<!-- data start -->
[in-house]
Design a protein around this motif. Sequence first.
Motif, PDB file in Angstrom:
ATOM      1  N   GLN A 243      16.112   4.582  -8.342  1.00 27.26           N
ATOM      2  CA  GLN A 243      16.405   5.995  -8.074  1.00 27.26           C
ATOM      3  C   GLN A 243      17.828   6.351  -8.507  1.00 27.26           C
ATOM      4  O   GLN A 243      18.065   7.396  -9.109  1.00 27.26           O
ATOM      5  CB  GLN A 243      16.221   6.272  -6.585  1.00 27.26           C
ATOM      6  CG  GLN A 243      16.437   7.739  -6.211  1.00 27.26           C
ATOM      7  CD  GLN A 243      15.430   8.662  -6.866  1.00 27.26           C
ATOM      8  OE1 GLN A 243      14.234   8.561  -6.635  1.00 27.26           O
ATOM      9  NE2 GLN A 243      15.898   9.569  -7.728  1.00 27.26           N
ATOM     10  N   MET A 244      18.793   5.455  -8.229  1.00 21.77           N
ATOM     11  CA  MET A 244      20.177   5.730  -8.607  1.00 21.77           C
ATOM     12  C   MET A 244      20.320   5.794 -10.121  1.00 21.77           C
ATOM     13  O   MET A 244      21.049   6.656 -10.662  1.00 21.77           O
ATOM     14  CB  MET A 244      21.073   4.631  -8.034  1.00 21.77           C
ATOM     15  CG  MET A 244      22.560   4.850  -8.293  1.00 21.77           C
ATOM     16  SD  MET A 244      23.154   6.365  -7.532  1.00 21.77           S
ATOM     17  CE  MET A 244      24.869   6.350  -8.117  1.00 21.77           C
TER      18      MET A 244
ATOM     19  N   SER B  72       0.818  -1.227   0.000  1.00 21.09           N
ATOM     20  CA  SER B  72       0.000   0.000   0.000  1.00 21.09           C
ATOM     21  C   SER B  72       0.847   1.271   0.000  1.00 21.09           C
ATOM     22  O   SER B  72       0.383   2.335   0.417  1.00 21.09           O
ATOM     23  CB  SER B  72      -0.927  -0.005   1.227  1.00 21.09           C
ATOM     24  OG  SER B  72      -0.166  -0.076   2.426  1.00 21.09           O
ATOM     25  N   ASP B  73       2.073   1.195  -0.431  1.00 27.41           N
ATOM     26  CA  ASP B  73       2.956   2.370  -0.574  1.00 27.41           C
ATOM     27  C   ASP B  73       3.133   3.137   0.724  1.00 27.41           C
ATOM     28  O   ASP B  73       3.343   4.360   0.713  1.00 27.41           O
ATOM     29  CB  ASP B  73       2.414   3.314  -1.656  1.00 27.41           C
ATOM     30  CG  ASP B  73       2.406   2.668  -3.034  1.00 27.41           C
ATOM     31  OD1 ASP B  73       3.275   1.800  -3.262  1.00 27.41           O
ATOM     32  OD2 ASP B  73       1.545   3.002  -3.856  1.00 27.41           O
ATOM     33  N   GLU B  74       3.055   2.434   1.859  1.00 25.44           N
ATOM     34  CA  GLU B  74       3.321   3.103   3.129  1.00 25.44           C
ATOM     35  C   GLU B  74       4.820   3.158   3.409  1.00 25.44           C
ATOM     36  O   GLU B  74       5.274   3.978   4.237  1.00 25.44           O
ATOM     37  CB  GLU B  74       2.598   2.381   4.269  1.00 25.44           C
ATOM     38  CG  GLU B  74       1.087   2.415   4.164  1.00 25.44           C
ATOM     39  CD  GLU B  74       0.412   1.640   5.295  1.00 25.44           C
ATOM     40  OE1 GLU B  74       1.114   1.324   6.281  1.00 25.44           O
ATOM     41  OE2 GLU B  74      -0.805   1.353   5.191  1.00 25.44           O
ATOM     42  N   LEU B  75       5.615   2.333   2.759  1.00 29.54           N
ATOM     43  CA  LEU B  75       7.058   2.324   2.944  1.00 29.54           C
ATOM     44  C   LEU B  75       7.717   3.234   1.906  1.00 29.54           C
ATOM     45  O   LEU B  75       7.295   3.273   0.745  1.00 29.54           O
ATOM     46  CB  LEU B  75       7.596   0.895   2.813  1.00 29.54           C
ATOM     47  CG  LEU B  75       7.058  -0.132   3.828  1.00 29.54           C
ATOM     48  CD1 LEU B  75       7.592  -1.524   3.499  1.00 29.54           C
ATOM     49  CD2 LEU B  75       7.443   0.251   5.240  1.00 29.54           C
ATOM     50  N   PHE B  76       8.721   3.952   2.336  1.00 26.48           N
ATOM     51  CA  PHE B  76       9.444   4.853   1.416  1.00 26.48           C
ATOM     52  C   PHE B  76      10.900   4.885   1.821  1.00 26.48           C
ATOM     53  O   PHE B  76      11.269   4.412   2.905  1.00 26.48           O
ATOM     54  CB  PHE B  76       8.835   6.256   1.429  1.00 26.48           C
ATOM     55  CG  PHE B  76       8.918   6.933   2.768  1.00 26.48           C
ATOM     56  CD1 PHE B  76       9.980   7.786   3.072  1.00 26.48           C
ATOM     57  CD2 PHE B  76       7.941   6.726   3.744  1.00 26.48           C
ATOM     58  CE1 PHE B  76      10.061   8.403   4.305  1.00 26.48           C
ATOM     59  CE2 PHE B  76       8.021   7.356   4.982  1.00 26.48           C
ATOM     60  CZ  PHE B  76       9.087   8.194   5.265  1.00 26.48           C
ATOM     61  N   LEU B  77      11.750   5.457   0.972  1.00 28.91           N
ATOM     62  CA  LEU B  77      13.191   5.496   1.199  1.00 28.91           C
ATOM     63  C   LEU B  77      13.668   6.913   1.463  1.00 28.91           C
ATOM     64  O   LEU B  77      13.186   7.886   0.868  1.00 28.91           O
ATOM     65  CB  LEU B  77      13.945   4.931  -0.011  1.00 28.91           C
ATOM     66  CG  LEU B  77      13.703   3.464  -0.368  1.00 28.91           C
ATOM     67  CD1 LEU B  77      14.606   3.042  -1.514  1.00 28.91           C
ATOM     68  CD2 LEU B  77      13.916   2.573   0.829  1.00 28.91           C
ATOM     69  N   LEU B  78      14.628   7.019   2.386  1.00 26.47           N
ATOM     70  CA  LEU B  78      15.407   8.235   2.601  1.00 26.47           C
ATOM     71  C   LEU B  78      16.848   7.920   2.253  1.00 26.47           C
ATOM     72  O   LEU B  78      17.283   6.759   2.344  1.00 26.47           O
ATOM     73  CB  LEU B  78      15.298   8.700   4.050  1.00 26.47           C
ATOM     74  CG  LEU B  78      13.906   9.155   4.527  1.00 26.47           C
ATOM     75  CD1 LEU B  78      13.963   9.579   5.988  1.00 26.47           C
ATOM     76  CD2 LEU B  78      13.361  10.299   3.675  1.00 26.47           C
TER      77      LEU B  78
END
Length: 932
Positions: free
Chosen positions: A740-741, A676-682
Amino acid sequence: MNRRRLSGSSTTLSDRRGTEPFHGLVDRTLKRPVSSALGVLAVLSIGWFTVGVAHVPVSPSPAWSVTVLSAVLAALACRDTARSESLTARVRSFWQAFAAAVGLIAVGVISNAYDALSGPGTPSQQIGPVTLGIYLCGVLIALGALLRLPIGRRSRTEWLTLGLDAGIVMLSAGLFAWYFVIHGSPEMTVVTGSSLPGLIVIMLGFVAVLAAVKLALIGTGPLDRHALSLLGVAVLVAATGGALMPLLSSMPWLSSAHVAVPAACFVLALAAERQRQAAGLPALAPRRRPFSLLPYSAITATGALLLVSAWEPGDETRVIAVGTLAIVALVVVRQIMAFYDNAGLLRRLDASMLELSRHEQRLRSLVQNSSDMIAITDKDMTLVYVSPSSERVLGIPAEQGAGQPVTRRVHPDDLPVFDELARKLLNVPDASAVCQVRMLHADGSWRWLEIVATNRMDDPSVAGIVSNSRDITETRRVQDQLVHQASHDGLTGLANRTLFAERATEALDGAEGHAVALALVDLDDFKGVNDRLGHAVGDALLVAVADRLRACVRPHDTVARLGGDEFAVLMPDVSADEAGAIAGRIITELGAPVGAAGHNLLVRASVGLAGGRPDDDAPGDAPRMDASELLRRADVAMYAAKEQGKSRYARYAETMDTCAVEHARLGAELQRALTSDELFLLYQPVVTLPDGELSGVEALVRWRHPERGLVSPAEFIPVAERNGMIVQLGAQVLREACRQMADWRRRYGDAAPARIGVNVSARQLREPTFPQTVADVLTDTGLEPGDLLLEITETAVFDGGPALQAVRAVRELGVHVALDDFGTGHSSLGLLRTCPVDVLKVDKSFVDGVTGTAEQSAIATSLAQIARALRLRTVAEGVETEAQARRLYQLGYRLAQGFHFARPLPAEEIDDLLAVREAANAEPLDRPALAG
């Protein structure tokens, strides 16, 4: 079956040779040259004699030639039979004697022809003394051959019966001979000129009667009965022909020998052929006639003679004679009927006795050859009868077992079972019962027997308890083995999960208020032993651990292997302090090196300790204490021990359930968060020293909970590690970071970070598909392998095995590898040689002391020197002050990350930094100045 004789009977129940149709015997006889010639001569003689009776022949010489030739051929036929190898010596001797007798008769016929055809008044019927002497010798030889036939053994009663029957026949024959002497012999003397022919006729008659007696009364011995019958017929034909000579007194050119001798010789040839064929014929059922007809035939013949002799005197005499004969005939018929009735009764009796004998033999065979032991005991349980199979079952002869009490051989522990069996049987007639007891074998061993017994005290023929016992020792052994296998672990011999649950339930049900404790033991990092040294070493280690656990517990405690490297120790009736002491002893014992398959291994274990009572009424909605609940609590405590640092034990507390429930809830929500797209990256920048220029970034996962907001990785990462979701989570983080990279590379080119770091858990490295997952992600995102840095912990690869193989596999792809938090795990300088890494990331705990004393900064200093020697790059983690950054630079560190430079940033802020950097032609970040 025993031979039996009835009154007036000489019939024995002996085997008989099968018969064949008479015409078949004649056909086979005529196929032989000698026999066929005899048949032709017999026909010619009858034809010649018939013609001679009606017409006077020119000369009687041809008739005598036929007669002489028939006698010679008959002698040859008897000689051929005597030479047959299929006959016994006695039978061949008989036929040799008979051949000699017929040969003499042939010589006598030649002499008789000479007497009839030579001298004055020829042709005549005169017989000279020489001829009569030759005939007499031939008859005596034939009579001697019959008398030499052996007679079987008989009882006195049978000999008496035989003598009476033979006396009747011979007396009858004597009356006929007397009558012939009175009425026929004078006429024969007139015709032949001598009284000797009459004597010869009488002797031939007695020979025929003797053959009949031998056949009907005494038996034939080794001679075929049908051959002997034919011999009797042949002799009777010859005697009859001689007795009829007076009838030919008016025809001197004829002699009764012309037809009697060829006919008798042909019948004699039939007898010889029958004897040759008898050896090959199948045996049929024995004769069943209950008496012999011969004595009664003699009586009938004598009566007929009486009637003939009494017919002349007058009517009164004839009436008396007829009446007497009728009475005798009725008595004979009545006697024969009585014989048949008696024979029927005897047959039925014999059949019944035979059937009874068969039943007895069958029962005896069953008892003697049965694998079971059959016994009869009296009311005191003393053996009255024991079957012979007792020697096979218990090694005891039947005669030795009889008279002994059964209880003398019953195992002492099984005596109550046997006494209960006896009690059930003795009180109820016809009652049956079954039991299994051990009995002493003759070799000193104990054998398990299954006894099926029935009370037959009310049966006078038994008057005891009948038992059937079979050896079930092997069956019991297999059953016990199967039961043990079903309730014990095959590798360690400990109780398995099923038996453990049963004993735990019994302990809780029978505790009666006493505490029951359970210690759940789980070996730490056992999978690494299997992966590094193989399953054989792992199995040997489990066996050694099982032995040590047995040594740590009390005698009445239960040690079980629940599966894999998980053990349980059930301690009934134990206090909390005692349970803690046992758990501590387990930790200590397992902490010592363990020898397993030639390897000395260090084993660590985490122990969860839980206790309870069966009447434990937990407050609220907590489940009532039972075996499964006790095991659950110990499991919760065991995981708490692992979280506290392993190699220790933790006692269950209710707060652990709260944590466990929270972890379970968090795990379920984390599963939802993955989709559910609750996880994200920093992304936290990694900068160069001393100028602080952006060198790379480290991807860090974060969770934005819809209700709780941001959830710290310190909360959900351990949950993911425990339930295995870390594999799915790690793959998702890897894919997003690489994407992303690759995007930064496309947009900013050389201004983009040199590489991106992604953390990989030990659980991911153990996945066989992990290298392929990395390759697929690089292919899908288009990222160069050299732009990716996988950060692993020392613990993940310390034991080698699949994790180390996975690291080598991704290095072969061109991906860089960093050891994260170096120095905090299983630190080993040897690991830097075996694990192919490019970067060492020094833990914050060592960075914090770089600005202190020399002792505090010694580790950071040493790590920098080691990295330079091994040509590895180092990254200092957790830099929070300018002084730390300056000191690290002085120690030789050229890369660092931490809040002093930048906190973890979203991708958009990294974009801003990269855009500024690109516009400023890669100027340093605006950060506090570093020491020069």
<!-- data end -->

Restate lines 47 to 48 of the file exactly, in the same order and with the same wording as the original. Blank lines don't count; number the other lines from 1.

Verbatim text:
ATOM     44  C   LEU B  75       7.717   3.234   1.906  1.00 29.54           C
ATOM     45  O   LEU B  75       7.295   3.273   0.745  1.00 29.54           O